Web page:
Neo-Vintage Watches Hard to fix a price
Over $10,000 for a Rolex Explorer I from the 1990s, we must be crazy. Or are we?
26th October 2009
Benjamin Clymer - www.hodinkee.com
In the world of watch collecting there are two definitive categories: the vintage watches, typically described as those older than 20 years, and the modern watches, those that are within the first decade of their life.
Sitting between vintage and modern exists a small group of collectible “neo-vintage” watches that hover around the 15-20 year mark. It is around this age that collectors first start to identify the pieces that will one day become classics. It was in the late 1980s, just short of twenty years after its release, that a Rolex Cosmograph with peculiar registers started to gain momentum as a collectable. Now the Paul Newman Daytona sits atop the world of valuable and collectable sport watches.
The values of Newman Daytonas today range from $30,000 all the way up to $100,000 depending on reference number, condition, and color scheme. We tend to think that we know all there is to know about this particular piece, and so values are easily obtained.
What about today's neo-vintage collectibles though? The ones that are just now coming into the spotlight as the rare birds and grail watches of future generations. Just what are they, why are they poised to climb, and why do we know so little about them?
Let's take one of the few neo-vintage that has already raised a few eyebrows, although it remains relatively under the radar except with a few die-hard collectors; the Rolex Explorer I “Blackout”. Since the Explorer's inception over 50 years ago, the vast majority have been made with a black face and white markers, whether applied or painted on the dial itself. For what some experts claim is as little as 6 months, Rolex introduced an instance of the Explorer where the infamous 3, 6, and 9 were actually filled with black instead of white.
Originally thought to exist only in E serial numbers and with silver print on the dial, we now know that the production also included later X serial Explorers with white print on the dial. The Blackout Rolexes are rare, certainly, in fact some call it the rarest sapphire crystal Rolex to date. What is not so certain is the value of this neo-vintage oddity.
One year ago, in October of 2008, Antiquorum recorded a sale of a Rolex Reference 14270 Blackout at $12,000 US. Five months later, in Antiquorum's March 2009 auction, one sold for just over $5000, and after another five months, one sold again at just above $5000 via Antiquorum. Economic conditions aside, that is a dramatic decrease in value of a rare watch in one year's time. But did the value really decrease?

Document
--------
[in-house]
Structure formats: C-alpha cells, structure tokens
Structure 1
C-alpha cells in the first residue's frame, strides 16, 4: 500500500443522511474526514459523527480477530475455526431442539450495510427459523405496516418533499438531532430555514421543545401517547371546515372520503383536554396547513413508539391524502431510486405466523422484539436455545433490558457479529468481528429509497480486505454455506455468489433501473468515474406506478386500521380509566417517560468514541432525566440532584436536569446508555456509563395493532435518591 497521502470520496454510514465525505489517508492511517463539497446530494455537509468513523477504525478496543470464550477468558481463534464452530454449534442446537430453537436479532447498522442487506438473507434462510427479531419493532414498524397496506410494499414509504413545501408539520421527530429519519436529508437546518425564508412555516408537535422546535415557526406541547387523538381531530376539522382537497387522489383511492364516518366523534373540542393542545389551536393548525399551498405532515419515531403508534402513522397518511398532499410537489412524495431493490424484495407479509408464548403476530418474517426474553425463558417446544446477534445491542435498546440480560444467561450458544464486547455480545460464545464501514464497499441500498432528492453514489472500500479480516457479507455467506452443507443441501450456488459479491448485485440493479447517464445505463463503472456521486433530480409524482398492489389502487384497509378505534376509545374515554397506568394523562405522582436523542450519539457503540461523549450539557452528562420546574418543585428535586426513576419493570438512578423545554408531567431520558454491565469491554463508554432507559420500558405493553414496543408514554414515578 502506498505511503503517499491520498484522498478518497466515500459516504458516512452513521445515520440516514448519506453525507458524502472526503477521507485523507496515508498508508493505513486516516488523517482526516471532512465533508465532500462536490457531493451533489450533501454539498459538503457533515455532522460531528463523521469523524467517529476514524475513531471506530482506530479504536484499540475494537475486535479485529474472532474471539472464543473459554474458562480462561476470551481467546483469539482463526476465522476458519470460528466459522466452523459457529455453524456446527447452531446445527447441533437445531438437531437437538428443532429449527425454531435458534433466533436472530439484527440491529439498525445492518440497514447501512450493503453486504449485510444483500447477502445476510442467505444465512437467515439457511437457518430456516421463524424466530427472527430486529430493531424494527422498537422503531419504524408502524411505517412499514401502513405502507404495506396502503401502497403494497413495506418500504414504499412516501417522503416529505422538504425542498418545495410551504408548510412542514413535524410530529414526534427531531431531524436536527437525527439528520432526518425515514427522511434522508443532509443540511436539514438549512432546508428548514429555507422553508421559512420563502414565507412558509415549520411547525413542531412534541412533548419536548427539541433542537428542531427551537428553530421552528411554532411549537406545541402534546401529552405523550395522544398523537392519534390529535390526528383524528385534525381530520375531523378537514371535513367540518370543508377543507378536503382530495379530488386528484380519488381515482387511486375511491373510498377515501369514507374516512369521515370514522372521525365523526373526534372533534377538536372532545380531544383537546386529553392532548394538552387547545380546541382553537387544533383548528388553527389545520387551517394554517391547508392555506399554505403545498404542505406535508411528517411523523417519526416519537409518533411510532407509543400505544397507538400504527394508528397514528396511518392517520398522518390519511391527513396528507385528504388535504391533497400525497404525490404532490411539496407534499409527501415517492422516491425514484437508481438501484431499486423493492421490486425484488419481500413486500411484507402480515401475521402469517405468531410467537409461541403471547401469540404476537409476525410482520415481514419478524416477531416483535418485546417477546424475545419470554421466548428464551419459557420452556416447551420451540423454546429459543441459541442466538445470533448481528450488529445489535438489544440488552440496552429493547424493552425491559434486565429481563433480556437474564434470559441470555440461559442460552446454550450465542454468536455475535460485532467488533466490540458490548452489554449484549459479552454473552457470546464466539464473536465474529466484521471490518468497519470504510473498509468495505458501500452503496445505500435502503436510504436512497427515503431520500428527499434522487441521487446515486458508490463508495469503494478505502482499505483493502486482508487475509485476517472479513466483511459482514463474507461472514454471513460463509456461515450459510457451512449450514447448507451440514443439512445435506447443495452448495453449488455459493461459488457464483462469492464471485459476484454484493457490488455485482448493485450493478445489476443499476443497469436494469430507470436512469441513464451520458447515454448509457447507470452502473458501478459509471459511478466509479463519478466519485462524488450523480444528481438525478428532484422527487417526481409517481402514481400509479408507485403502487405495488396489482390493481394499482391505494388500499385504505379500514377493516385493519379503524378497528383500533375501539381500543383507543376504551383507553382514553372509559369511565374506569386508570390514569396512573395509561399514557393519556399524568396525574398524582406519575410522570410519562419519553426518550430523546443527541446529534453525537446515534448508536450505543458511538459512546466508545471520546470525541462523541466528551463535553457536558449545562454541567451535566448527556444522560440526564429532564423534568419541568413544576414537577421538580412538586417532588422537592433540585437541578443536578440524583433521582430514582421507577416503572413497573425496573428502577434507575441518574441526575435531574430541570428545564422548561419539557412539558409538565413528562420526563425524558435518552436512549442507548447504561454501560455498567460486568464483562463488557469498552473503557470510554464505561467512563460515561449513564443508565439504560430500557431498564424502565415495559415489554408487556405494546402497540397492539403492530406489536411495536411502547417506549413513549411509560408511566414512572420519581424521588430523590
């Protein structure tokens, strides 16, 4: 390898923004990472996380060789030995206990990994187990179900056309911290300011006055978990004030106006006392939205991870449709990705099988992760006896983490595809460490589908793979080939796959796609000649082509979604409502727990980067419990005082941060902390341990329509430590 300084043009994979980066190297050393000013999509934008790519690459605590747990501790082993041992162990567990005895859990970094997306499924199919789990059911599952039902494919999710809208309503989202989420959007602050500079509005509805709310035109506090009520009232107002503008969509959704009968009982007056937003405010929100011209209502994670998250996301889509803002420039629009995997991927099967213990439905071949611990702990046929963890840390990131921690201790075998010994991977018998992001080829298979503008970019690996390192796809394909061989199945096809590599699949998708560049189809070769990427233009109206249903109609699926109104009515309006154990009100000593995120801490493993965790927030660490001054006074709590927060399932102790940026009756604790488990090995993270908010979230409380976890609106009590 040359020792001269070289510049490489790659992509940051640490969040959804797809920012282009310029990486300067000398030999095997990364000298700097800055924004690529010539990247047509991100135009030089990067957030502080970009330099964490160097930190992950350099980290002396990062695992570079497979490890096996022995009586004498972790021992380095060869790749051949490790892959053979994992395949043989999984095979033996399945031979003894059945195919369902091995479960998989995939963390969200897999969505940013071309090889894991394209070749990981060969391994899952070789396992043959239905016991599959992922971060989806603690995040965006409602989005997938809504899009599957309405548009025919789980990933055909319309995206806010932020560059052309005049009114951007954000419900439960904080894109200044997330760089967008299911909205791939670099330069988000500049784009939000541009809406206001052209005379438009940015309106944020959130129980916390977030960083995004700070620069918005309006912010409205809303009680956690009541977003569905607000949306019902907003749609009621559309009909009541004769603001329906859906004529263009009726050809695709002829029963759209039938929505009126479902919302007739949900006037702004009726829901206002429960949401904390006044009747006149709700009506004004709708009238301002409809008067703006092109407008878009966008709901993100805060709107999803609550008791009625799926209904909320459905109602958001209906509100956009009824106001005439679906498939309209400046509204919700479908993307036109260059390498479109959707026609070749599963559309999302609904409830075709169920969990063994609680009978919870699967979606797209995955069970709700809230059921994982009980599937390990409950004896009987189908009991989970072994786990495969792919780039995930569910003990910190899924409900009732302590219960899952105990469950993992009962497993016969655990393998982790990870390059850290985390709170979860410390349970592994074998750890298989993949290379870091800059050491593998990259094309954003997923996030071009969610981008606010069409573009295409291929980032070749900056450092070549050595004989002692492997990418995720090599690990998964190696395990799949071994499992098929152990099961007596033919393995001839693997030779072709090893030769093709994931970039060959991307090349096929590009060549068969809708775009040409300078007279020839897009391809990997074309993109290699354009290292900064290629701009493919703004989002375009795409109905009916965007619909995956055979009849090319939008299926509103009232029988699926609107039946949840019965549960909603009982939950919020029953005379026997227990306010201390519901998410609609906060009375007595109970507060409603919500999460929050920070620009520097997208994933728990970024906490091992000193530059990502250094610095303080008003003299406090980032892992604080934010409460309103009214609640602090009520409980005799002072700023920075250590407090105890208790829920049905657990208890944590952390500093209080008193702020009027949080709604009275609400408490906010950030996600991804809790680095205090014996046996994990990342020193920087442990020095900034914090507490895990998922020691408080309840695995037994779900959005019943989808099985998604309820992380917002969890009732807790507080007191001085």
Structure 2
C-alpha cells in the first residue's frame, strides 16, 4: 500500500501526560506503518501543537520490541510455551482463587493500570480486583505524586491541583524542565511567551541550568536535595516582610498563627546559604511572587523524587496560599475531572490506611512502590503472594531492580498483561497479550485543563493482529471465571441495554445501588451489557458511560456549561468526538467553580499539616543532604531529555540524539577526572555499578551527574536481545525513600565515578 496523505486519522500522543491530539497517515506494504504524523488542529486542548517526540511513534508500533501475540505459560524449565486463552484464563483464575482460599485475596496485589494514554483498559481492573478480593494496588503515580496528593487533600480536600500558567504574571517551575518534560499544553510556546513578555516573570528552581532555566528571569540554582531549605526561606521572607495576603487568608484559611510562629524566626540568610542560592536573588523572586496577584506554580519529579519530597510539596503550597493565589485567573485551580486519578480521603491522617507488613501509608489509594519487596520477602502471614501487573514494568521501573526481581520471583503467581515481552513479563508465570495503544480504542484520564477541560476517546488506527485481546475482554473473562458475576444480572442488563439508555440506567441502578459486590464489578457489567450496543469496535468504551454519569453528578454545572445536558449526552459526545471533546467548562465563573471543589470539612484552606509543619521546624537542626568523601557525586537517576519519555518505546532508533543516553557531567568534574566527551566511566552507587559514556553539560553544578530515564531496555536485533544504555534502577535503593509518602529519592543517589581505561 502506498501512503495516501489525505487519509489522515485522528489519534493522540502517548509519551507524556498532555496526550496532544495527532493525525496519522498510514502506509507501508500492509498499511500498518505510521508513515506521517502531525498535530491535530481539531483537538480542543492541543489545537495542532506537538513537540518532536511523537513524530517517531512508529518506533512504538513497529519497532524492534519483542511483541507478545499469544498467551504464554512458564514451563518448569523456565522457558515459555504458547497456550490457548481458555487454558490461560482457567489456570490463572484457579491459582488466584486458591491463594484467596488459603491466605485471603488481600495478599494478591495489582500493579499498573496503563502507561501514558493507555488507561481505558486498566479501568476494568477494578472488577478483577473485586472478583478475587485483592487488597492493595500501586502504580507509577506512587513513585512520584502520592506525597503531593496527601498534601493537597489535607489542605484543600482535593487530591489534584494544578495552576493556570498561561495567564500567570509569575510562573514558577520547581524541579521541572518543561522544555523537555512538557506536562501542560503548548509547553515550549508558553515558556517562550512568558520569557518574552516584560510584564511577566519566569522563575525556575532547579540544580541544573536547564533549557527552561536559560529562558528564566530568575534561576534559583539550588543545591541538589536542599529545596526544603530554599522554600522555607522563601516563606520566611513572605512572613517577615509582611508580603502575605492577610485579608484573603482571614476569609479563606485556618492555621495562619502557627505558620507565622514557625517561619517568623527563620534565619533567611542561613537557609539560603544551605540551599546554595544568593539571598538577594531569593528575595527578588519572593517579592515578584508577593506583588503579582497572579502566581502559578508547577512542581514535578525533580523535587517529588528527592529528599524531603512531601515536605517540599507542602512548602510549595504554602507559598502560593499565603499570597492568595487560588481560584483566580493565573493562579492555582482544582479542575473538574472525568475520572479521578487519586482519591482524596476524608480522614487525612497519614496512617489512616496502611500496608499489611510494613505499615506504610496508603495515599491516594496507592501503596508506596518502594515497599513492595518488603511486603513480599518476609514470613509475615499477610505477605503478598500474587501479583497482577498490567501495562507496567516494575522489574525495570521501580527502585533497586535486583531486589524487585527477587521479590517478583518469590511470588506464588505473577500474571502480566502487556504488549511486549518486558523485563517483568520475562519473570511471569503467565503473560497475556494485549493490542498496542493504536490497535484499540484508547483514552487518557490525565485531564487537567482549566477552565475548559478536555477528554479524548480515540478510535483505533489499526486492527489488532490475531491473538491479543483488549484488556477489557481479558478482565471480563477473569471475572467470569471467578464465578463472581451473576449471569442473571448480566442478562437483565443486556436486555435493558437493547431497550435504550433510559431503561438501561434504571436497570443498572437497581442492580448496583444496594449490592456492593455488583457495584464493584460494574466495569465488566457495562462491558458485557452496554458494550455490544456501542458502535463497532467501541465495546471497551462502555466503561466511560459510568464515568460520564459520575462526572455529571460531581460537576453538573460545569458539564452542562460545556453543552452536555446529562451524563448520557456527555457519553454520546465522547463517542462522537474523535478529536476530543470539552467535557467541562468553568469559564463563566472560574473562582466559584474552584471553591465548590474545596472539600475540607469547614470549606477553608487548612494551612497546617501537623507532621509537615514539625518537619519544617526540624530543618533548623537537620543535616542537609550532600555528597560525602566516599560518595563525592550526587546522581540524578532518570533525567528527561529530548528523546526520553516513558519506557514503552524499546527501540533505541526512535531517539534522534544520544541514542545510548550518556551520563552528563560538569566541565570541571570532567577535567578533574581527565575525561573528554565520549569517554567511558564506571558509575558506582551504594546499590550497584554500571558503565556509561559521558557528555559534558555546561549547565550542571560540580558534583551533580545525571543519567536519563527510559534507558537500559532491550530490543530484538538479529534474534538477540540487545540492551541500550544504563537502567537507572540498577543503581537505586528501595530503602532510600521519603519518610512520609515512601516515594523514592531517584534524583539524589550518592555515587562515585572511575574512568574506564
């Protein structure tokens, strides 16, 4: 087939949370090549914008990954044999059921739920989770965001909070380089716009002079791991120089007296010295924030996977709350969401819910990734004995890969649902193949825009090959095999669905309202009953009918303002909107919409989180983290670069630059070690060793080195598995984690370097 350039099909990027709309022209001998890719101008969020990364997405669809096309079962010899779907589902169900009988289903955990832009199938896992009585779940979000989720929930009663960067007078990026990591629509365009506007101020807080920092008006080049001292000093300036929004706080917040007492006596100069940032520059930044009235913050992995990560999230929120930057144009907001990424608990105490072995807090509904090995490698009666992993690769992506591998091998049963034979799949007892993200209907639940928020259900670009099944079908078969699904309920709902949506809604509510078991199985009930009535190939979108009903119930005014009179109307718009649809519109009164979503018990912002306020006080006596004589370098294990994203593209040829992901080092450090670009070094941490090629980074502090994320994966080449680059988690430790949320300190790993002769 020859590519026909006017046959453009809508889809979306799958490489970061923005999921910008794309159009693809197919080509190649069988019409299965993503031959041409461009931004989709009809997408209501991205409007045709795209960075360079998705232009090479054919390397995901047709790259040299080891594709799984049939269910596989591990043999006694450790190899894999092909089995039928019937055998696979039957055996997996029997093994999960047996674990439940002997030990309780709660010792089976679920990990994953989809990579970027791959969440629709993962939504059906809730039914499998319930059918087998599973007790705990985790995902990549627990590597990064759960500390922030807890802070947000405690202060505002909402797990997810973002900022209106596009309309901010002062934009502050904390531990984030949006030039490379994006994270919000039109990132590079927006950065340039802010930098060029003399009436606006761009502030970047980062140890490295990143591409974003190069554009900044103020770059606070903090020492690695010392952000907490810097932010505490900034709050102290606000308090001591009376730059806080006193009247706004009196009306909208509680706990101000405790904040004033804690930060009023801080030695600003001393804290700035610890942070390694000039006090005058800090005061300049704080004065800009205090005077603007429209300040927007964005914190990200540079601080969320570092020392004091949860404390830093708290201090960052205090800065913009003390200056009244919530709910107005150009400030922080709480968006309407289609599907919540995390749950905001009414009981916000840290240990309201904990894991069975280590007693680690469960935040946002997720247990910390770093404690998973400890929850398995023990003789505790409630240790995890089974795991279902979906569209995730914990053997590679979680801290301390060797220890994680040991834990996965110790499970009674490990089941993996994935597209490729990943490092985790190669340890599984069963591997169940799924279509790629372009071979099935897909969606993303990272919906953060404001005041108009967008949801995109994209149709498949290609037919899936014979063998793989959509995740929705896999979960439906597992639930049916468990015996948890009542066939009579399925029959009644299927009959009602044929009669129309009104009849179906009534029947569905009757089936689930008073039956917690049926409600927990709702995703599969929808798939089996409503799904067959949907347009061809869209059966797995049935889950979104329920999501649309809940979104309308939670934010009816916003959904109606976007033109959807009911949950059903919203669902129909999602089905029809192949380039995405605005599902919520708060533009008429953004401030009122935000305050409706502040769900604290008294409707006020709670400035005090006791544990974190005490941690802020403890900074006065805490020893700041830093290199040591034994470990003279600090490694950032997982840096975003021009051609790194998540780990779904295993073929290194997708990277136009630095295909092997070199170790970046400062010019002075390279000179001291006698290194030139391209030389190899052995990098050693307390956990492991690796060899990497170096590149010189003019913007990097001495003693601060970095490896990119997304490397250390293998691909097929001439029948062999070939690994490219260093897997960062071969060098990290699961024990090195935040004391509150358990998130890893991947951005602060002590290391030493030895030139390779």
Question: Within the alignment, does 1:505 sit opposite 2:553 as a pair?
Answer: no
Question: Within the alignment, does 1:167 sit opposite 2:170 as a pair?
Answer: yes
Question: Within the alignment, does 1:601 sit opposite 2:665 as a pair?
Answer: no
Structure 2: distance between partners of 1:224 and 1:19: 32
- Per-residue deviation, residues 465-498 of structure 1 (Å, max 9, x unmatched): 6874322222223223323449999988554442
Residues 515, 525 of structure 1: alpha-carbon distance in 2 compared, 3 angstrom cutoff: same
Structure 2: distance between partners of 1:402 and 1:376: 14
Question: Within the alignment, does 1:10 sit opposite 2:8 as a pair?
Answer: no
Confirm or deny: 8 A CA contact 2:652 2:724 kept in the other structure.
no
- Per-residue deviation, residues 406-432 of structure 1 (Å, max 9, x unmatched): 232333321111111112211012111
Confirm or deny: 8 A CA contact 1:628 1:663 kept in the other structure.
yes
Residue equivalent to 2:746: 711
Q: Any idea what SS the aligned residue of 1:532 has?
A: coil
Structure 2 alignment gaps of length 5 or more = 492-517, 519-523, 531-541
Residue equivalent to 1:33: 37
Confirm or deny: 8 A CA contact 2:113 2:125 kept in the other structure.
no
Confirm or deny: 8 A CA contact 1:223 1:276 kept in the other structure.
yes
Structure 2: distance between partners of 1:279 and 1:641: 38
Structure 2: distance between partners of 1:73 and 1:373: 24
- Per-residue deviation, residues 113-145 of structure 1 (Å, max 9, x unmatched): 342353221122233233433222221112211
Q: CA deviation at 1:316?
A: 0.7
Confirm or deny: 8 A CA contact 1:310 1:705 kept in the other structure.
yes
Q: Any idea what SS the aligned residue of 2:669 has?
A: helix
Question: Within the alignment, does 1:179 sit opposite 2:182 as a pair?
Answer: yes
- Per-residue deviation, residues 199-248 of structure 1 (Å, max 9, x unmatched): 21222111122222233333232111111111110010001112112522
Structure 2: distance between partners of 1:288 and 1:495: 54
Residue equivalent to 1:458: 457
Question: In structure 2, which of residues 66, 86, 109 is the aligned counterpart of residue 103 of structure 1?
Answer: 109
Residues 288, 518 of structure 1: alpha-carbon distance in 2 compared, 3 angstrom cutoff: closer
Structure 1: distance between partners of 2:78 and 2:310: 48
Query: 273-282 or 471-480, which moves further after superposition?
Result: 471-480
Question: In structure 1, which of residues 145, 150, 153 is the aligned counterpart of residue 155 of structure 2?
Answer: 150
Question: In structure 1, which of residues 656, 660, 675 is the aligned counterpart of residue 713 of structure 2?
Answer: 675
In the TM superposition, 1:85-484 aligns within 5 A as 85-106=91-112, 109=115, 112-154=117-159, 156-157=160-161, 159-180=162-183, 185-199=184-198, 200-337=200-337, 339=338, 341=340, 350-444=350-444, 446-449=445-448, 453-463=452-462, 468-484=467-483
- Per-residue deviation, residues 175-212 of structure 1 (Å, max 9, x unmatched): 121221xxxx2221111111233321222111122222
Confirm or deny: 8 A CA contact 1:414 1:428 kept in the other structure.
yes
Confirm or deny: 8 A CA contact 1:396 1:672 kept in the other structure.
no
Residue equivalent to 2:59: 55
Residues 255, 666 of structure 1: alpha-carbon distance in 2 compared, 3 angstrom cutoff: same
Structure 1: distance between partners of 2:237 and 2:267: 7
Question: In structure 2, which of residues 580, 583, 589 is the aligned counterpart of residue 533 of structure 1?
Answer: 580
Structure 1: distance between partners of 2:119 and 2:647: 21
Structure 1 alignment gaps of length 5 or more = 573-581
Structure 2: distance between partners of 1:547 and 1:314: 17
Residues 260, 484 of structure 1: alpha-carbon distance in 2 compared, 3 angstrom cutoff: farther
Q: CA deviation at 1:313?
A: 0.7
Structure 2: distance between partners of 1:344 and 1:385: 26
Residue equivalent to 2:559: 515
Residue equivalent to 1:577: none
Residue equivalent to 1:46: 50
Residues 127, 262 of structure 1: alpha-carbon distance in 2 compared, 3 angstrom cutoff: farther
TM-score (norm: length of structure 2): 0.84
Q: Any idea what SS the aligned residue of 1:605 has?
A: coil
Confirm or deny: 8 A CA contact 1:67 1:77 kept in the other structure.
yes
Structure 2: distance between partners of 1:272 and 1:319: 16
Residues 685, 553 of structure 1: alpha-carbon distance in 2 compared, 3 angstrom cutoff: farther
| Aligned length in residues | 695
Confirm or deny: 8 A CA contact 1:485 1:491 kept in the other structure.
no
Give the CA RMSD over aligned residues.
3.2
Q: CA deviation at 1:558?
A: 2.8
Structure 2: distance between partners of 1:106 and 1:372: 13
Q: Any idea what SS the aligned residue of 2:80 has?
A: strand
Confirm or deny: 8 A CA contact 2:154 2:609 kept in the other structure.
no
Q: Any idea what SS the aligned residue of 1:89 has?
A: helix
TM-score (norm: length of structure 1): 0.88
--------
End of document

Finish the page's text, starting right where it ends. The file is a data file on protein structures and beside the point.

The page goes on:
While impossible to dispute that these watches did sell for less than half of the price of less than a year ago, many sellers continue to believe the Blackout is worth close to, if not well into five figures. Running a quick scan of dealers around the world, the price range of these Rolex Blackouts is astonishing. From as low as $4500 from private sellers (watch alone) to as high as $16,000 from well known European dealers (NOS, Box & Papers), we were able to track down five Blackout Explorers, in excellent or mint condition, with boxes and papers, with an average price of $10,800. Over $10,000 for a Rolex Explorer I from the 1990s, we must be crazy. Or are we?
Charles Tearle, a Director at Antiquorum USA says “In recent years we have seen transitional variations that exist in relatively modern wristwatches, such as the Rolex Explorer I “Blackout”, matte dial submariners, and the transitional IWC big pilots, have speculative presence on the secondary market.” But does this mean that these models are worth up to three to four times what a traditional model sells for? Things are still unclear; Tearle adds “relatively little is known about quantities produced, but as we learn more, I believe the market value of these transitional pieces will become more definitive.”
While the debate over the value of these rare Rolex “Blackouts” will likely continue on, this raises a much larger issue. How are we to assess the value neo-vintage watches if experts can't seem to agree and with such a dramatic variance in auction prices? Or, maybe this isn't an issue at all, but rather one of the reasons that watch collecting continues to gain momentum as a global passion. The question now becomes, we know the Rolex Blackout Explorer is something special, but what else is out there and when will we realize it?